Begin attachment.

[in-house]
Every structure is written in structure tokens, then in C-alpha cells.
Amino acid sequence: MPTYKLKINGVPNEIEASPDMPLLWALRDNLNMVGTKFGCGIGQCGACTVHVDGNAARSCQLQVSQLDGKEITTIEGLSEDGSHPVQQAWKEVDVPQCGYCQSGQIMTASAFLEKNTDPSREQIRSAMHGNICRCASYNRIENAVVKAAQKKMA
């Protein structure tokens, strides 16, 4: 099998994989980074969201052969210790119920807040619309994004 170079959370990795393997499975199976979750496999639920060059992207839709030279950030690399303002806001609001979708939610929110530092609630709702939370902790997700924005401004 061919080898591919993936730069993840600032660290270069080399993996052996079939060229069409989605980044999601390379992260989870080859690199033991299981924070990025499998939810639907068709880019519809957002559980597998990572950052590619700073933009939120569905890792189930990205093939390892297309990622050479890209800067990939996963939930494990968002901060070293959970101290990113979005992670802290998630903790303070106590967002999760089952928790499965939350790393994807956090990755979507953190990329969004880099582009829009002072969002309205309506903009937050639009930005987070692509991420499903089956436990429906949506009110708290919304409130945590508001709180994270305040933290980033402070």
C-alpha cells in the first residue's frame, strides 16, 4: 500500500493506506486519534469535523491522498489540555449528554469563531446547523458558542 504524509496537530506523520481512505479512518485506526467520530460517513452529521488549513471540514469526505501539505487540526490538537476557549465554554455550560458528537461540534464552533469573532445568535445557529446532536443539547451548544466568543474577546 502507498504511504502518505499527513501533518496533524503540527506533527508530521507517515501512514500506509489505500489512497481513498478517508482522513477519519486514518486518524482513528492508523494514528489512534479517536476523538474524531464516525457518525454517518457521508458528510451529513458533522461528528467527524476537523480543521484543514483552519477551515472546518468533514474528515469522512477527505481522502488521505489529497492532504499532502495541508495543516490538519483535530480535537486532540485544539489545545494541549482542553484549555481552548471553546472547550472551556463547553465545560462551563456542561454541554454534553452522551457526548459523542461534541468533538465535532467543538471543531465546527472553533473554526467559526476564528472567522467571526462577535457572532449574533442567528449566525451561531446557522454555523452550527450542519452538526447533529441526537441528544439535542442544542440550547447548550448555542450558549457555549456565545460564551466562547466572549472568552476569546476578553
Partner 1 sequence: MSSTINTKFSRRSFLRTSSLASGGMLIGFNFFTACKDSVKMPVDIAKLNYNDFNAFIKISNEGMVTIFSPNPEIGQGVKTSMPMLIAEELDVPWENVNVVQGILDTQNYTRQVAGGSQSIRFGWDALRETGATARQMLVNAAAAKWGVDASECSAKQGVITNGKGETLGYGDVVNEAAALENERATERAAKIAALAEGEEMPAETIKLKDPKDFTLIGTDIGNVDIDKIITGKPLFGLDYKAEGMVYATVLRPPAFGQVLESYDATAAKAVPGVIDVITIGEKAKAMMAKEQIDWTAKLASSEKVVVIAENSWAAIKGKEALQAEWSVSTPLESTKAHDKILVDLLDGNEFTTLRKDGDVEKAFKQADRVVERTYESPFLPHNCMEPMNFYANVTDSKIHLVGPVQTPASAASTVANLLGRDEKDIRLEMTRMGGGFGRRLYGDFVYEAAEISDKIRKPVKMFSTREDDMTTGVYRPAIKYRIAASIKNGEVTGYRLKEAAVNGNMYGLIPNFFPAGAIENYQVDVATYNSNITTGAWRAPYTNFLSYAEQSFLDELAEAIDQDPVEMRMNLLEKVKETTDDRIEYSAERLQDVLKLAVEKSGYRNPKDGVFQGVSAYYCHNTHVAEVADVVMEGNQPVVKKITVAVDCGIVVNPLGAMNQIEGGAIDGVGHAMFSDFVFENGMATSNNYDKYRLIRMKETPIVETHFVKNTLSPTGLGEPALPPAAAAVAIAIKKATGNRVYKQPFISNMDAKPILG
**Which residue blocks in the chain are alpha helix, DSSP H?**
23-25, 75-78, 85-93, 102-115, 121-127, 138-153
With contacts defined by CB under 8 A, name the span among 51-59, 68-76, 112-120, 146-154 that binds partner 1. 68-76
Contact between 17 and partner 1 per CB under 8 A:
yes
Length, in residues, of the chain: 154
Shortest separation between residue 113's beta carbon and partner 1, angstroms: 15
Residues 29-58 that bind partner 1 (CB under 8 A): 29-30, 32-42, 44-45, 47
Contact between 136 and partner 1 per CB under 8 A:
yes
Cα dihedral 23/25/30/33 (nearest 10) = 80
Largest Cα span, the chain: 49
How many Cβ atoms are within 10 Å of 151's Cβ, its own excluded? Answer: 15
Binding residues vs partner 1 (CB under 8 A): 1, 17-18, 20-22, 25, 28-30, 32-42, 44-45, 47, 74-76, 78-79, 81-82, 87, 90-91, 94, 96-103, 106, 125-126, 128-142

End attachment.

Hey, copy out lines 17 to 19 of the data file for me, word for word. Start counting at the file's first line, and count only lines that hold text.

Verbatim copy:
Cα dihedral 23/25/30/33 (nearest 10) = 80
Largest Cα span, the chain: 49
How many Cβ atoms are within 10 Å of 151's Cβ, its own excluded? Answer: 15